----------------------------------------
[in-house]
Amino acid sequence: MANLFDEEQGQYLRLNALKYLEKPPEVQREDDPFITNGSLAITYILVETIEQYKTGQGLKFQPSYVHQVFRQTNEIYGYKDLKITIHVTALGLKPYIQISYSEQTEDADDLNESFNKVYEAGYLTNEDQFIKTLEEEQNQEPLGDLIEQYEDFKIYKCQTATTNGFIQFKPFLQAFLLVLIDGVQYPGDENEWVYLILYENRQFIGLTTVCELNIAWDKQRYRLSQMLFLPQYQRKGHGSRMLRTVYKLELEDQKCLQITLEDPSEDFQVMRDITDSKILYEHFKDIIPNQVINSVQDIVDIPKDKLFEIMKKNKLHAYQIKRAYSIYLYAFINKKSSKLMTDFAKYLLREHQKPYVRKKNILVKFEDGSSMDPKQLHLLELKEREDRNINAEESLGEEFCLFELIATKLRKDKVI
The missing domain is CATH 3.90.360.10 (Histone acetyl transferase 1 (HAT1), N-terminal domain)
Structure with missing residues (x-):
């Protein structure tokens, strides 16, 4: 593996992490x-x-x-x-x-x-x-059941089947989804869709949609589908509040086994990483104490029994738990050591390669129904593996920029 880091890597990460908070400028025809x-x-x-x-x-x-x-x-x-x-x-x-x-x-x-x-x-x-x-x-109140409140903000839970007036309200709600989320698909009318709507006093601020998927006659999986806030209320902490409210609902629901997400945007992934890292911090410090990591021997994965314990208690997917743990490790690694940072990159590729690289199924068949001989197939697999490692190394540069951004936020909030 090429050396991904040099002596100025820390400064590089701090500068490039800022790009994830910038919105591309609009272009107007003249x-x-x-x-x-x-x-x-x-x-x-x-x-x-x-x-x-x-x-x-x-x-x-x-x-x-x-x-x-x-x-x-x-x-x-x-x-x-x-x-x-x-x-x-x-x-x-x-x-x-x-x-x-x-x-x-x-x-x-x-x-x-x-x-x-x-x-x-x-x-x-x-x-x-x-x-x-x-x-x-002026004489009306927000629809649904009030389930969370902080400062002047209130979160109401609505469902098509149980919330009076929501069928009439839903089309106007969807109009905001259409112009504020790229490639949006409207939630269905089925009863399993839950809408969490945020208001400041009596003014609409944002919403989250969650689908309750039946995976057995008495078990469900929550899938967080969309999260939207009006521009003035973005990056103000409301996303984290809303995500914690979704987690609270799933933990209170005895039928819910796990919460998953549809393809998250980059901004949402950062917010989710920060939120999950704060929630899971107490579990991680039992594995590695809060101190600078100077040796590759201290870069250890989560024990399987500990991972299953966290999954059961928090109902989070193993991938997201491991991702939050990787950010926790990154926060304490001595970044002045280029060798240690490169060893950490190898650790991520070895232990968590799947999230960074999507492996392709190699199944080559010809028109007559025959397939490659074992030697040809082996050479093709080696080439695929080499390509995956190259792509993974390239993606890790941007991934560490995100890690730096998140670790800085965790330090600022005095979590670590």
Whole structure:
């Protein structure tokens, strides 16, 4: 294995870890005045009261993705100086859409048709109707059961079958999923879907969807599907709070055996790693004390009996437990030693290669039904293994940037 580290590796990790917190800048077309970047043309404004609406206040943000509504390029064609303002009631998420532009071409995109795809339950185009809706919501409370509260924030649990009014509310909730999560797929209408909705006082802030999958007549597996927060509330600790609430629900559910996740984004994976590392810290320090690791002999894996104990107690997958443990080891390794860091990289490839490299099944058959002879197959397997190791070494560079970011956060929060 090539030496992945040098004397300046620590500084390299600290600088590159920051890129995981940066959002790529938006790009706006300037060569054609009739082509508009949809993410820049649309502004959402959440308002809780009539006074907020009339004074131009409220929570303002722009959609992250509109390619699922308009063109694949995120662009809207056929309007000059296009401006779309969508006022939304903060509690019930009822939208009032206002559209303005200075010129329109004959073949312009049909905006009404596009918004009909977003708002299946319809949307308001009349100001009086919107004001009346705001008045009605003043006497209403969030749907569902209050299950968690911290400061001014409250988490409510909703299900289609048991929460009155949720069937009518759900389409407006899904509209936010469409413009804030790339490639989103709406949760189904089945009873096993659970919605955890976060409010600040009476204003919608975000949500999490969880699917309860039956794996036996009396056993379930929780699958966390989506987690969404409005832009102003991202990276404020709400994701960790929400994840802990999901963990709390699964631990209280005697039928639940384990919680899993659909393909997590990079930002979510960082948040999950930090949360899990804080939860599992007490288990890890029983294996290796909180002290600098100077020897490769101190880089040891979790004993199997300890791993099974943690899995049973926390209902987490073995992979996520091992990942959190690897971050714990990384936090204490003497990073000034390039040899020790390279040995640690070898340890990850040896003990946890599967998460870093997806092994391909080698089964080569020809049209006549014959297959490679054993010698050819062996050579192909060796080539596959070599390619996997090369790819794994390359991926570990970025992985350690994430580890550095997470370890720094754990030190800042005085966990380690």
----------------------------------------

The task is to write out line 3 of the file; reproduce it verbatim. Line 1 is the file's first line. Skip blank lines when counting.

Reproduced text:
The missing domain is CATH 3.90.360.10 (Histone acetyl transferase 1 (HAT1), N-terminal domain)